MYTH:  You’re worth less than other women

TRUTH:  This is ABSOLUTELY FALSE!  They tell you that to keep you in!  They tell you that because they won’t have to pay you as much or because if you feel like crap, then you’re less competition!  They tell you that because then it’s easier to abuse you!  No matter what you do, no matter if you are still in, if you’re in and out, if you’re out; no matter if you’re a clean dancer, a dirty dancer or have never even been a dancer; no matter if you are addicted to a hundred substances or none; if you’re a dancer, a prostitute, a porn star or an attorney, NO WOMAN IS WORTH LESS THAN ANY OTHER WOMAN.  Period.

MYTH:  No one cares about what happens to you, you’ll never be anything to anyone, you deserve the abuse because of what you are, you’ll never deserve a good partner

TRUTH:  I care what happens to you.  If you want a shoulder to cry on (ok, with, because no lie, I’ll cry, too), if you want out and you need help, E-MAIL ME (karbaum@umail.iu.edu).  I will listen to you if you need it, whether you want out or not, I will listen.  No matter what you are doing or where you are, I will listen, and I will not judge you for your actions.  I’m not going to lie or coddle you.  I WILL encourage you to get out.  If you want out, E-MAIL ME!  I WILL HELP YOU FIND THE RESOURCES YOU NEED.  I don’t care if you are in my area or across the world, I will Google the snot out of some resources, and I will help you get out and begin your healing process.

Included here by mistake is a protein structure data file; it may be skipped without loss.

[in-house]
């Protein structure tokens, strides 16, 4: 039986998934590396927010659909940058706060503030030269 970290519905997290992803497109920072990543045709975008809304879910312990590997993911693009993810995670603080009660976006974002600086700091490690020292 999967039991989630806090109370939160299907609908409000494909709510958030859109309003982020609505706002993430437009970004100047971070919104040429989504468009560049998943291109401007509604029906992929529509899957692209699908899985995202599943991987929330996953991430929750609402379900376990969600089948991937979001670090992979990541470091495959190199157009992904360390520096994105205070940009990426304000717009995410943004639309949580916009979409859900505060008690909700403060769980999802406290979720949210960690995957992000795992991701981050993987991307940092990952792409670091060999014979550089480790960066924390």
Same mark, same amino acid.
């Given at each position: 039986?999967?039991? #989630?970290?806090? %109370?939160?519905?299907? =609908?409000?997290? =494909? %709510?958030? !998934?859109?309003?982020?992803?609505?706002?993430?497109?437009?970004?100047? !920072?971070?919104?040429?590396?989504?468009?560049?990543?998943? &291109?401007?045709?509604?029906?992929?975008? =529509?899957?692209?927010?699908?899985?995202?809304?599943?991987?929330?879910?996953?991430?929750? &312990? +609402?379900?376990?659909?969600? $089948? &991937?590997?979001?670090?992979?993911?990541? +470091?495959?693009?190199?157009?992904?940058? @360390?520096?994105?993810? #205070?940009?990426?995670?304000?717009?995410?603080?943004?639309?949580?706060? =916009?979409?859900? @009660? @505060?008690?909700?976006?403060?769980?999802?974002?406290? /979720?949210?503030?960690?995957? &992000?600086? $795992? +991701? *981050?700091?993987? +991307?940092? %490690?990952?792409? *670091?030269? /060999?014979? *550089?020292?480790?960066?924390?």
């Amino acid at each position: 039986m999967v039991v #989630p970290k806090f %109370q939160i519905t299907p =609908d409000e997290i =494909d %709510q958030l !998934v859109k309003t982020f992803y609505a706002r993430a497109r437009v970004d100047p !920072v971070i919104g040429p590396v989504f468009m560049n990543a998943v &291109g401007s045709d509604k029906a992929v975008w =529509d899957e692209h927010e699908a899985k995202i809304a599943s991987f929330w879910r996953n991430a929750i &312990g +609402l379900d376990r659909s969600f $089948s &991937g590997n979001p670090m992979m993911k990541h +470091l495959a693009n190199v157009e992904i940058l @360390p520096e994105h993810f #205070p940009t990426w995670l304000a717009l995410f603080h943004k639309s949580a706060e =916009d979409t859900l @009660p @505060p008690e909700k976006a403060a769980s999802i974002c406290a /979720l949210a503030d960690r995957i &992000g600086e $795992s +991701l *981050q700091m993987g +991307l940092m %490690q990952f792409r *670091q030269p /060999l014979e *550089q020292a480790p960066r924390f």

You do not deserve to be treated with anything other than respect.  What you are doing now is not who you are (and even if it is, because I do know that a few of you actually enjoy the work you do, you don’t deserve to be abused).  You do deserve a good partner, and the truth is that you can find one.  I’m not going to hold your hand on this, though.  You likely won’t find one while you’re in.  The industry takes a heavy emotional toll on us day after day after day.  Most of us come home from a night of work and tell ourselves that it will be ok, it’s just another job, we LIKE what we do.  We pretend because if we don’t, if we admit that we’ve just been abused for 8 hours straight and that we choose this life, we’ll chase a bottle of aspirin with a bottle of Jack Daniels.  That kind of emotional hell is not conducive to finding a good partner.  It’s proven that when we decide we are worthless, we seek out partners who feel we are worthless as well, and we sabotage relationships that contradict that.  Also, many of us develop substance addictions in order to deal with the day to day work life, to numb the effects of our choice.  Addiction is not conducive to finding a good partner.